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CHURCH CORNER: Some things simply are not to be mixed

Mixing ingredients is one of the basic joys of discovery: apples and peanut butter, boys and fireworks, teenage drivers and vacant, snow-packed parking lots. There are few things better than warm bread, fresh out of the oven, or steaming cookies with a glass of whole milk.

That reminds me of the first time I ever cooked something by myself: boxed tapioca pudding. That is when I learned the difference between a teaspoon of salt and a tablespoon. Even our dog wouldn’t touch the final product.

In hindsight, not everything mixed together automatically produces the desired result. All ingredients in a kitchen cupboard are capable of being mixed, but they are not all intended for indiscriminate co-mingling. Those ingredients typically located under the sink would be dangerous to mix with those items in the baking cupboard.

The Bible has a great deal to say about the dangers of idolatry, but perhaps the most subtle syncretism (mixing things that were not intended to be mixed) is the one that looks most godly. The early Christian church struggled mightily with something that infects much of Christianity right through to this day: mixing Old Covenant commands into New Covenant faith.

All Scripture is God-breathed, but not all historic agreements were established with the same purpose in mind. It is all God’s word, but there are guidelines for how to properly mix the instructions (a.k.a. “rightly divide the word of God”) in order to contribute toward a valid belief in God.

Unfortunately, it is common even today to hear of sincere believers mixing former commands like tithing, Sabbath observance and the Ten Commandments into New Covenant faith. Claiming former conditional promises like success, wealth, and perfect health are equally popular. According to the Apostle Paul, those who disregard the changes implemented by Jesus by fulfilling the Old and instituting the New are no longer capable of believing in the genuine gospel. In fact, they have become “alienated from Christ.” That makes this a very serious issue.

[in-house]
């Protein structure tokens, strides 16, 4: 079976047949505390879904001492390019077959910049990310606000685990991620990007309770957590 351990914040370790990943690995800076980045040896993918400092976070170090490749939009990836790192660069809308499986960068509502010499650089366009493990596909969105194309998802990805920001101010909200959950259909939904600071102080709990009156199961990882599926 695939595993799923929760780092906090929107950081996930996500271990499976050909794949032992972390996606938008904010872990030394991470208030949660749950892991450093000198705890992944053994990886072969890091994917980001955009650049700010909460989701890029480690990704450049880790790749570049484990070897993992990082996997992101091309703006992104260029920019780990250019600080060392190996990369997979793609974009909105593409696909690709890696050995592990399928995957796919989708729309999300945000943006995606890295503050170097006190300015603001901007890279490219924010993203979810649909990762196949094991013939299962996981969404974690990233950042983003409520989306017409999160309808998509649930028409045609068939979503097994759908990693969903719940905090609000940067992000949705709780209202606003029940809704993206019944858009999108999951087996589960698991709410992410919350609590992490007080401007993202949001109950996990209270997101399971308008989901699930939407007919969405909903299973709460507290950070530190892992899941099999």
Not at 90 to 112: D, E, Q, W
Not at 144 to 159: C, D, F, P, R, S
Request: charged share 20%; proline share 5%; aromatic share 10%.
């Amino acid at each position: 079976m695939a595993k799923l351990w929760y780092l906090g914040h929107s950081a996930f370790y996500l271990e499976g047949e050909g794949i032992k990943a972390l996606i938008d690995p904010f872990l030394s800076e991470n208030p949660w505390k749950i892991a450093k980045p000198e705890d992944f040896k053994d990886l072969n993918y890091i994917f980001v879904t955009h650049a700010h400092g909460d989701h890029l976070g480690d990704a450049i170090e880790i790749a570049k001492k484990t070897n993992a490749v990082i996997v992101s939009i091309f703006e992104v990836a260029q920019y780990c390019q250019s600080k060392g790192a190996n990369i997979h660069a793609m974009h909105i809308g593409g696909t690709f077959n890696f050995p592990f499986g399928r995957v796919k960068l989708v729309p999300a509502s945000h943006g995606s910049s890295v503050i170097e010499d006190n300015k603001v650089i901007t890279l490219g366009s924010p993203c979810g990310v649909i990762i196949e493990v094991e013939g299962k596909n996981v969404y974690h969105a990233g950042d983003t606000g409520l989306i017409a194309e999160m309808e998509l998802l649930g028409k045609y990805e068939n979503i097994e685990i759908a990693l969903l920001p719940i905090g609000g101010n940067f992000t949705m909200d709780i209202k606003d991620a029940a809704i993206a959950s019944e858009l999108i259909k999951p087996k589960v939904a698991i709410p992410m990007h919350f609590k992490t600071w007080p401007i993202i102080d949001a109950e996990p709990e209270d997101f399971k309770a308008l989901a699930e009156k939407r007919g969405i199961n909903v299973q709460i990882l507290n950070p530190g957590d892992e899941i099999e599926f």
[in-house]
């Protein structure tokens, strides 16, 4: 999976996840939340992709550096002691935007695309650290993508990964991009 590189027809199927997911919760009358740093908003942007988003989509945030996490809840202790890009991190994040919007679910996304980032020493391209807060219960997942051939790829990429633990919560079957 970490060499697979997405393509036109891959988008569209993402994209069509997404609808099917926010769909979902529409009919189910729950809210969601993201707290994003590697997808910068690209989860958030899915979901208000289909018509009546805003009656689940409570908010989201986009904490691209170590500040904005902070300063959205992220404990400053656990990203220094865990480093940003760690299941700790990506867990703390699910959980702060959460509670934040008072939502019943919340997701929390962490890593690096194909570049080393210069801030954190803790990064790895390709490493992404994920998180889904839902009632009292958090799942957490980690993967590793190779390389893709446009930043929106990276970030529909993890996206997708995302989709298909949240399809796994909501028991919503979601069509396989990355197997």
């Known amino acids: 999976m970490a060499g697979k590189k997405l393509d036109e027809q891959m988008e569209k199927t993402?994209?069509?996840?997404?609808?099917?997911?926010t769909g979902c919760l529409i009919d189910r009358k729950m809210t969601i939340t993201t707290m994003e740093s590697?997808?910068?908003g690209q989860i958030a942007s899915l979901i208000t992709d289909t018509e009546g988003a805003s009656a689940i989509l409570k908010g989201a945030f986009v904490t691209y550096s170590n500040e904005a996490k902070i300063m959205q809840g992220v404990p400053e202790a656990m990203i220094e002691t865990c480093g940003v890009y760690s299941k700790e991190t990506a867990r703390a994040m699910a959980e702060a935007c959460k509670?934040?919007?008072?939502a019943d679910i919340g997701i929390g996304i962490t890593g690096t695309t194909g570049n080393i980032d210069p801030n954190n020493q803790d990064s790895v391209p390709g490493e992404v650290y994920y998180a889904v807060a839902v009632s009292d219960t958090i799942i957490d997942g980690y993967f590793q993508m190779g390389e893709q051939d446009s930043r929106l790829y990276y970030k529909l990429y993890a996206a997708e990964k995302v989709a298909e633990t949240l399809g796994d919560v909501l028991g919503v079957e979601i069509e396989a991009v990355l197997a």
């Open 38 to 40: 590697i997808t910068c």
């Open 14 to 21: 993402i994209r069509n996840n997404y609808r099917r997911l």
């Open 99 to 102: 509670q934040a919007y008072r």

Those who continue to promote expectations from the previous covenant cannot simultaneously cling to the covenant offered through the blood of Jesus. They are oil and water; they are not designed to be mixed in practice. They both reference Christ, but their purposes and their binding impact on Christians are not the same. They cannot be rightly syncretized. In short, Old Covenant observance is incompatible with Christianity.

The covenant foundation for Christians is Jesus himself, along with the writings of the apostles and prophets. Even what we are to understand of God through the Old Testament Scriptures depends upon the New Covenant revelations, for only in Christ is biblical understanding made clear.

The good news is Christians are not under the law, but under grace! Jesus has become our perfect standard. It is upon him that we are to fix our eyes. It is by his spirit that we are to learn how to live holy. It is to him we are to syncretize our lives.

The best way to learn how to bake like an expert is to study under the masters.

And so we are reminded that in all things Jesus will have the supremacy!

Further detail on this subject can be reviewed in the book “Wineskins” by the author of this column, Kevin Graham.

 

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